A complete guide about Computer IDs including a definition, what they're used for, approaches as well as challenges in generating and using them
Everything You Wanted to Know About Sboms and Were Too Afraid to Ask!
Intro: What is an SBOM, anyway?
An SBOM (Software Bill of Materials) is a comprehensive inventory of all the components, dependencies, and libraries used in creating a software product or application. The origins of the SBOM can be traced back to the manufacturing and supply chain management industries, where the concept of a "bill of materials" has been used for decades to track the components that go into the production of physical goods.
In the context of software, an SBOM provides a transparent and accountable record of all the software elements that make up an application, including open-source and third-party components. It is a crucial compliance and security tool, as it can help organizations identify and manage potential security vulnerabilities in their software supply chain. Additionally, SBOMs are often a required item for many regulatory and compliance frameworks.
What Information is Included in an SBOM?
The information included in an SBOM typically includes:
- Component names: The names of all the components used in the software, including libraries, frameworks, and modules.
- Version numbers: The version number of each component used in the software.
- License information: The license of each component, including whether it is open source or proprietary.
- Dependencies: The dependencies between the various components, including which components require other components to function.
- Hash values: Hash values or checksums for each component to ensure their authenticity and to prevent tampering.
- Author and supplier information: Information about the authors and suppliers of each component.
- Vulnerabilities: Information about known vulnerabilities in each component.
What is the Legislation around SBOMs?
There have been various initiatives and guidelines promoting the use of SBOMs to improve software security and supply chain transparency.
For example, in the United States, the Cybersecurity and Infrastructure Security Agency (CISA) issued a Binding Operational Directive (BOD) in May 2021 that requires federal agencies to provide SBOMs for any software products they purchase or develop. The BOD also encourages software vendors to provide SBOMs as part of their standard offerings.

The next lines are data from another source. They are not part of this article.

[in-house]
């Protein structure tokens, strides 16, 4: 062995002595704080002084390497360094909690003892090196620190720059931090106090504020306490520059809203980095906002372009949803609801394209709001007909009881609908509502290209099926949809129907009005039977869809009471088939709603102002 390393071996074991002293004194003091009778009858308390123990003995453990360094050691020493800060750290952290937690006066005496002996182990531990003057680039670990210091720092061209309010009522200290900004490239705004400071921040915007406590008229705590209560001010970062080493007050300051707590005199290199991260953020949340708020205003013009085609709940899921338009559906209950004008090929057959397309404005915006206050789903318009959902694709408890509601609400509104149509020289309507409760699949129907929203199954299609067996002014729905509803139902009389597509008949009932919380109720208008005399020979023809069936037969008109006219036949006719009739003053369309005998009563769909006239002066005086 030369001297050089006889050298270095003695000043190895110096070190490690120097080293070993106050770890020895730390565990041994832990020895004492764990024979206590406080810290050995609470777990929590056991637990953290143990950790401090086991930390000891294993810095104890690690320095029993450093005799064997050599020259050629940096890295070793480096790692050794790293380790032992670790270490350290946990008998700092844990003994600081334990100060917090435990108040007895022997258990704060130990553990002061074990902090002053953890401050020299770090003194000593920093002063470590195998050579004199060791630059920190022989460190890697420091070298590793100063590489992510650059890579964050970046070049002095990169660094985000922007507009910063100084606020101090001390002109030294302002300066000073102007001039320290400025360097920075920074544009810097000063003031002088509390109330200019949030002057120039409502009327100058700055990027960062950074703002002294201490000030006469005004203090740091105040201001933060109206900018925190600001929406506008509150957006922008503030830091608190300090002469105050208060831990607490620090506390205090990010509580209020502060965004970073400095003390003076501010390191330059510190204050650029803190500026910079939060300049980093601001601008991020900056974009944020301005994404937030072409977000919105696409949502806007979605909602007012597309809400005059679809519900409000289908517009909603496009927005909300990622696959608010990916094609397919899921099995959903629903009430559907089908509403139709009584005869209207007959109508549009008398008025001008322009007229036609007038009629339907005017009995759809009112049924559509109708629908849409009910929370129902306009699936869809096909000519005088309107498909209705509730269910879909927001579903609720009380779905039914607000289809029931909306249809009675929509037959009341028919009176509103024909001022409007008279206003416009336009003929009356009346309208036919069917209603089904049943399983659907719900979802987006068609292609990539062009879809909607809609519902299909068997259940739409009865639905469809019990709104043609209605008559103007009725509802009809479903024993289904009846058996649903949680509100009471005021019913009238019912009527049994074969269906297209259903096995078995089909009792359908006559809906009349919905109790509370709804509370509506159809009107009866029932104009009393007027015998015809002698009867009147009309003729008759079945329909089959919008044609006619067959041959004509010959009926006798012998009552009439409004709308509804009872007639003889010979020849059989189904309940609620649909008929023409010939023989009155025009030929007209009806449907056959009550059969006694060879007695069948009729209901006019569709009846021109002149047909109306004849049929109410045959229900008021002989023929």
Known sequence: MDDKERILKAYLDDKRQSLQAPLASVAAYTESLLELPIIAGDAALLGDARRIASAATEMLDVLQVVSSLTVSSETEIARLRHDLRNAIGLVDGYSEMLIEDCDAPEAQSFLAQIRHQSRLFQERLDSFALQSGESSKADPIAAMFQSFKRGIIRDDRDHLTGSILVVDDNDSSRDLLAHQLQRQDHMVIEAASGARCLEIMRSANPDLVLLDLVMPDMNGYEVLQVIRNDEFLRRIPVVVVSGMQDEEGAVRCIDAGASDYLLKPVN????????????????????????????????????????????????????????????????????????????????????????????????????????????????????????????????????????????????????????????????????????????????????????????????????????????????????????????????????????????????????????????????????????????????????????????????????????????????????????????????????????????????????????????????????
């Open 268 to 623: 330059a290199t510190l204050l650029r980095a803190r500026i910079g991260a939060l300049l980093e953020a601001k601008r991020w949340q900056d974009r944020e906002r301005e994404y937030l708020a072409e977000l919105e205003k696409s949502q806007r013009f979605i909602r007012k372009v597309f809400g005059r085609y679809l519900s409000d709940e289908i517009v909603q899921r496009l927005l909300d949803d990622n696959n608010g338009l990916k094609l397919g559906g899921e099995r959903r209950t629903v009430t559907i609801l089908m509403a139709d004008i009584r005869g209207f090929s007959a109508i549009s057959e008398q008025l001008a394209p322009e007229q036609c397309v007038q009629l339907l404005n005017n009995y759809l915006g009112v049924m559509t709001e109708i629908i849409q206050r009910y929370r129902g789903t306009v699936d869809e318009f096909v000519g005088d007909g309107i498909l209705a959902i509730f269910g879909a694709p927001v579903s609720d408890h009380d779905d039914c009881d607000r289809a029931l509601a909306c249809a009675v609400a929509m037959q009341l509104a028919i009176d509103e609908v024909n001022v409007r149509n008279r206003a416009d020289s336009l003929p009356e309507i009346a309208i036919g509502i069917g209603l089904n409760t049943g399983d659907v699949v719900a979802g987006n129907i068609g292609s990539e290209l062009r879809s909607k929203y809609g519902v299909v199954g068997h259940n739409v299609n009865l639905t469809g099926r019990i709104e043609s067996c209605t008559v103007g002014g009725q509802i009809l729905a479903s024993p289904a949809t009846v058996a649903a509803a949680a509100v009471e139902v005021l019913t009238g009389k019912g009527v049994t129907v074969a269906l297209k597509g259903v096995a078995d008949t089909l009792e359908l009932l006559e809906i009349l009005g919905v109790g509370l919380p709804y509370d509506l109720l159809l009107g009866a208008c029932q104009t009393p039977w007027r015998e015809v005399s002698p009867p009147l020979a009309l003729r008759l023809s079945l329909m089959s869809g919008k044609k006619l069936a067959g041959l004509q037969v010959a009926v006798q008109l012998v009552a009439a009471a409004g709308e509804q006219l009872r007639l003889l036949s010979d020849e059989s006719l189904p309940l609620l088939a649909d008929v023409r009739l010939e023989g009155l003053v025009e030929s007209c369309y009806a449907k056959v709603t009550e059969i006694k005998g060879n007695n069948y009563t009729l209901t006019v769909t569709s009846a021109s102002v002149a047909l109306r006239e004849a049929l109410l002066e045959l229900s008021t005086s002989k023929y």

In the European Union, the European Union Agency for Cybersecurity (ENISA) published a report in 2020 on the use of SBOMs to improve software supply chain security. The report recommends that SBOMs should be included in contracts between software vendors and customers, and that SBOMs should be exchanged as part of software procurement processes.
Who Within an Organization is Responsible for Maintaining the Company's SBOM?
The responsibility for producing and maintaining a company's SBOM may vary depending on the organization's structure and size. In general, the following roles may be involved in producing and maintaining an SBOM:
- The Software development team: The software development team is responsible for creating the software and its components, and they may be responsible for creating an initial SBOM.
- IT security team: The IT security team is responsible for assessing and managing cybersecurity risks and may be responsible for reviewing the SBOM to identify any vulnerabilities or potential security issues.
- Procurement team: The procurement team is responsible for acquiring software and hardware products for the organization and may be responsible for requesting SBOMs from vendors as part of the procurement process.
- Compliance team: The compliance team is responsible for ensuring that the organization complies with relevant laws, regulations, and industry standards, and may be responsible for reviewing the SBOM to ensure compliance with licensing requirements.
- Quality assurance team: The quality assurance team is responsible for ensuring that the software meets the organization's quality standards and may be responsible for reviewing the SBOM to ensure that all components are properly tested and validated.
Who Outside of an Organization may Request to Review an SBOM and Why?
There are several parties outside of an organization that might request to review an SBOM, including: